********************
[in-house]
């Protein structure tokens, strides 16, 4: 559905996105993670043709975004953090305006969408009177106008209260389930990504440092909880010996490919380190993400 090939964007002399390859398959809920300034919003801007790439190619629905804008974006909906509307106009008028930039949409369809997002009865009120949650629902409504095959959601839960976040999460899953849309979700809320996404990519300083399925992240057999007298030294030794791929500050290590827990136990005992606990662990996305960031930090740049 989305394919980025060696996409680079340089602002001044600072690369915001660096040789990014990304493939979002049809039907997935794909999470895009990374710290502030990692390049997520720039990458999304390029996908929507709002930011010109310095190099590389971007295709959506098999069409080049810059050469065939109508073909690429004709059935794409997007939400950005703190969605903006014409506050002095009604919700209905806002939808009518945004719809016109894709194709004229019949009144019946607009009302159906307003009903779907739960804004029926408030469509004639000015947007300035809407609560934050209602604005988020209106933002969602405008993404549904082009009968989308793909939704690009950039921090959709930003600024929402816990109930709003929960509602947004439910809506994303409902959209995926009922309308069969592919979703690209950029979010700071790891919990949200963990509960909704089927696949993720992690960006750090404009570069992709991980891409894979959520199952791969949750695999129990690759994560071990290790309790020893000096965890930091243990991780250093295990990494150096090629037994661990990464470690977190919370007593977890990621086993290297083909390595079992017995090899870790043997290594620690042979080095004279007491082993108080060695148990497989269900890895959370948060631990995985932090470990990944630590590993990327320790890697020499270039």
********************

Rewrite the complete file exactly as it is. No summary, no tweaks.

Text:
[in-house]
């Protein structure tokens, strides 16, 4: 559905996105993670043709975004953090305006969408009177106008209260389930990504440092909880010996490919380190993400 090939964007002399390859398959809920300034919003801007790439190619629905804008974006909906509307106009008028930039949409369809997002009865009120949650629902409504095959959601839960976040999460899953849309979700809320996404990519300083399925992240057999007298030294030794791929500050290590827990136990005992606990662990996305960031930090740049 989305394919980025060696996409680079340089602002001044600072690369915001660096040789990014990304493939979002049809039907997935794909999470895009990374710290502030990692390049997520720039990458999304390029996908929507709002930011010109310095190099590389971007295709959506098999069409080049810059050469065939109508073909690429004709059935794409997007939400950005703190969605903006014409506050002095009604919700209905806002939808009518945004719809016109894709194709004229019949009144019946607009009302159906307003009903779907739960804004029926408030469509004639000015947007300035809407609560934050209602604005988020209106933002969602405008993404549904082009009968989308793909939704690009950039921090959709930003600024929402816990109930709003929960509602947004439910809506994303409902959209995926009922309308069969592919979703690209950029979010700071790891919990949200963990509960909704089927696949993720992690960006750090404009570069992709991980891409894979959520199952791969949750695999129990690759994560071990290790309790020893000096965890930091243990991780250093295990990494150096090629037994661990990464470690977190919370007593977890990621086993290297083909390595079992017995090899870790043997290594620690042979080095004279007491082993108080060695148990497989269900890895959370948060631990995985932090470990990944630590590993990327320790890697020499270039």